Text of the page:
The Review of Austrian Economics, 15:2/3, 211–228, 2002.
2002 Kluwer Academic Publishers. Manufactured in The Netherlands.
The Legislator as Political Entrepreneur:
Investment in Political Capital
EDWARD J. L
Department of Economics, University of North Texas, Denton, TX 76203-1457, USA
Abstract. This paper applies the standard Austrian theory of capital investment to the standard interest group
model of legislator behavior. Distinguishing between reputational capital and representative capital as interdepen-
dent forms of political capital, I argue that legislator behavior (speciﬁcally roll call voting) can be explained as
entrepreneurial investment in political capital under uncertainty. I discuss several examples in which this approach
can potentially add predictive power regarding legislative voting.
Key Words: models of legislators, political capital, market processes
JEL classiﬁcation: D72, D81, B41.
This paper attempts to build on interest group theories of the legislator by introducing an
element of investment under uncertainty. In interest group models of the legislator, a net
political support function is maximized subject to opposition and time constraints. One area
of this literature has emphasized a broadening of this net-support model to incorporate the
importance of political capital to acquiring electoral support constituencies (Denzau and
Munger 1986). I discuss a way of building on this model by delineating two interdependent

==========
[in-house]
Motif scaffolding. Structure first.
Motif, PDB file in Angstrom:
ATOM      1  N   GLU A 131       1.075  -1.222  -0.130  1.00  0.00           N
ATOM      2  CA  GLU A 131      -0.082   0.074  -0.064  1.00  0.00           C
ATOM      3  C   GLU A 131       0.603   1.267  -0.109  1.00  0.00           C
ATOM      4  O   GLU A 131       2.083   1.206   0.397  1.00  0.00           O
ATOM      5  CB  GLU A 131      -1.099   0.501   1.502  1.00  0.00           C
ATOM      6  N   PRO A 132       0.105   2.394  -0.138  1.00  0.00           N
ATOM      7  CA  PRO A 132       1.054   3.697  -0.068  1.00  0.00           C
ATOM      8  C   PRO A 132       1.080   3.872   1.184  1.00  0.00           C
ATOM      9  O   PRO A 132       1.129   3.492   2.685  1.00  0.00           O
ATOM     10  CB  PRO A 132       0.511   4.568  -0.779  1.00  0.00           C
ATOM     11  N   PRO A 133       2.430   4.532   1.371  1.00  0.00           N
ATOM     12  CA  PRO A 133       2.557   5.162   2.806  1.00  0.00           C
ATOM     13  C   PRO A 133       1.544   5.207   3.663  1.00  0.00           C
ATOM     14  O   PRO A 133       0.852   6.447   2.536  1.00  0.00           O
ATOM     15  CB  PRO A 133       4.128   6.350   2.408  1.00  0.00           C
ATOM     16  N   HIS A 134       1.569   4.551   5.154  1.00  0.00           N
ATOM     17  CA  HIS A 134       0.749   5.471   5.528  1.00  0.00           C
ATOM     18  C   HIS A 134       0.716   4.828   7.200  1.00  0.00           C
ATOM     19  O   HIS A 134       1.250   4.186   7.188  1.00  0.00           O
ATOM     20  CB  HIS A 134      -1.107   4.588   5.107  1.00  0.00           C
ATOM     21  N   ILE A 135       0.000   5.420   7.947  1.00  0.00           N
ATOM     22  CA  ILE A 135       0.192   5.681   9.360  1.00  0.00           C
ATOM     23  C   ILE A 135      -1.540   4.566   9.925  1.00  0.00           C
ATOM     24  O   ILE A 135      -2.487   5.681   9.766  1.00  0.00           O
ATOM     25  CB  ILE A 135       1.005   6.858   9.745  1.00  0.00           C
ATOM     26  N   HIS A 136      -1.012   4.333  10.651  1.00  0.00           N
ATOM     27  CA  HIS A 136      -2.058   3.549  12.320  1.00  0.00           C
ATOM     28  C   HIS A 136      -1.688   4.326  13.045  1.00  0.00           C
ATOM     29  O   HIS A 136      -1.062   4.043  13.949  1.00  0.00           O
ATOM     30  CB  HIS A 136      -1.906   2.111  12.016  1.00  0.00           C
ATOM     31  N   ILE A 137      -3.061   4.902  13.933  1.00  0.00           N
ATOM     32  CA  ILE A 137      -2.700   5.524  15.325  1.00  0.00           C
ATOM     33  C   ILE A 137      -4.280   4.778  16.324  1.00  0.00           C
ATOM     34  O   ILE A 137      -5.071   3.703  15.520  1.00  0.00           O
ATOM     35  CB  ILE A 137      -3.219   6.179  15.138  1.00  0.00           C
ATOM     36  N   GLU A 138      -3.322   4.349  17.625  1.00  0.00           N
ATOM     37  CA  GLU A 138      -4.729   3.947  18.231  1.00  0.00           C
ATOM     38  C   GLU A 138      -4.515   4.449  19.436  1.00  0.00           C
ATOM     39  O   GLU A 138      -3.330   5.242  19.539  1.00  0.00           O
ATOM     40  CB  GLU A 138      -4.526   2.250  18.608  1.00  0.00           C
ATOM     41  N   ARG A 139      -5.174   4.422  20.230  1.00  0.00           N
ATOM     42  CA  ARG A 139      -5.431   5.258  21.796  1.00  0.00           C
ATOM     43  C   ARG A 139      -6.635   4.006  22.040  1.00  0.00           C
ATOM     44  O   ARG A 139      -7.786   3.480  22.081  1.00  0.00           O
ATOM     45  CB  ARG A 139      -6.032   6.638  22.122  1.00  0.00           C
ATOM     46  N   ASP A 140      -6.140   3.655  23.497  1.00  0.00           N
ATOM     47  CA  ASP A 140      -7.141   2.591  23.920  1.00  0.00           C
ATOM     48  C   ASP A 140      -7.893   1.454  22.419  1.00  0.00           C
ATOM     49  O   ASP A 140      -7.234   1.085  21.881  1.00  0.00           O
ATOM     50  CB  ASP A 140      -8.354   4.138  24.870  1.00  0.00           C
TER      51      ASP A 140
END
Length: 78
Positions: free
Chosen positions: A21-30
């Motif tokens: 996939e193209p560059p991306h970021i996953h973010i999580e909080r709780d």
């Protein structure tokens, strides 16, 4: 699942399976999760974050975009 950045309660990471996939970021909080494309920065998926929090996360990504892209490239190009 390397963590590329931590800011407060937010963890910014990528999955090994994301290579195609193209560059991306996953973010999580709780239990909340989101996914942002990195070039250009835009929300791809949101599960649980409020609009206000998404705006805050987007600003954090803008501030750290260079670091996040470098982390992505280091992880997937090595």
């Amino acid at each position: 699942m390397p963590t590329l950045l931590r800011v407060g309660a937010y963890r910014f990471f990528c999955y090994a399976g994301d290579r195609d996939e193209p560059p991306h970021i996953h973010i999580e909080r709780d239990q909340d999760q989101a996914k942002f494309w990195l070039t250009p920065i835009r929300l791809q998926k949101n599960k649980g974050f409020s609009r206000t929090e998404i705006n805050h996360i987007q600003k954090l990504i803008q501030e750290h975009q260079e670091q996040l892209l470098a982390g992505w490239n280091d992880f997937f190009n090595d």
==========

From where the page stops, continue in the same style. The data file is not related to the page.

but distinct forms of political capital-reputational and representative. I argue that there
is usually a tradeoff between these two forms of political capital, and that the terms of
this tradeoff are potentially obscured by structural uncertainty. This implies viewing the
legislator as an entrepreneur who invests in political capital under uncertainty. With roll
call voting as the choice variable, I apply the time structure of production model of capital
accumulation to conceive of the legislator as weighing the interests of constituent-voters,
organized interest groups, and party leaders against each other with each vote. I then discuss
how this formulation of the legislator’s decision problem may help extend our predictive
capabilities regarding the legislator. For example, legislators may have good reason to vote
contrary to their and their constituents’ true preferences, if doing so today is expected to
increase their political capital in the future. Also, because legislation on institutional changes
I would like to thank, without implicating, Peter Boettke and two anonymous referees for helpful comments.
Since these ideas formed while I worked on my dissertation, I would also like to thank, without implicating, Bob
Tollison and Tyler Cowen for their input and Leonard Liggio for his support during that time. I received valuable
research assistance from Hsui-Ju Yang. Finally, I thank the Earhart Foundation for its generous ﬁnancial support.
I am solely responsible for oversights and errors.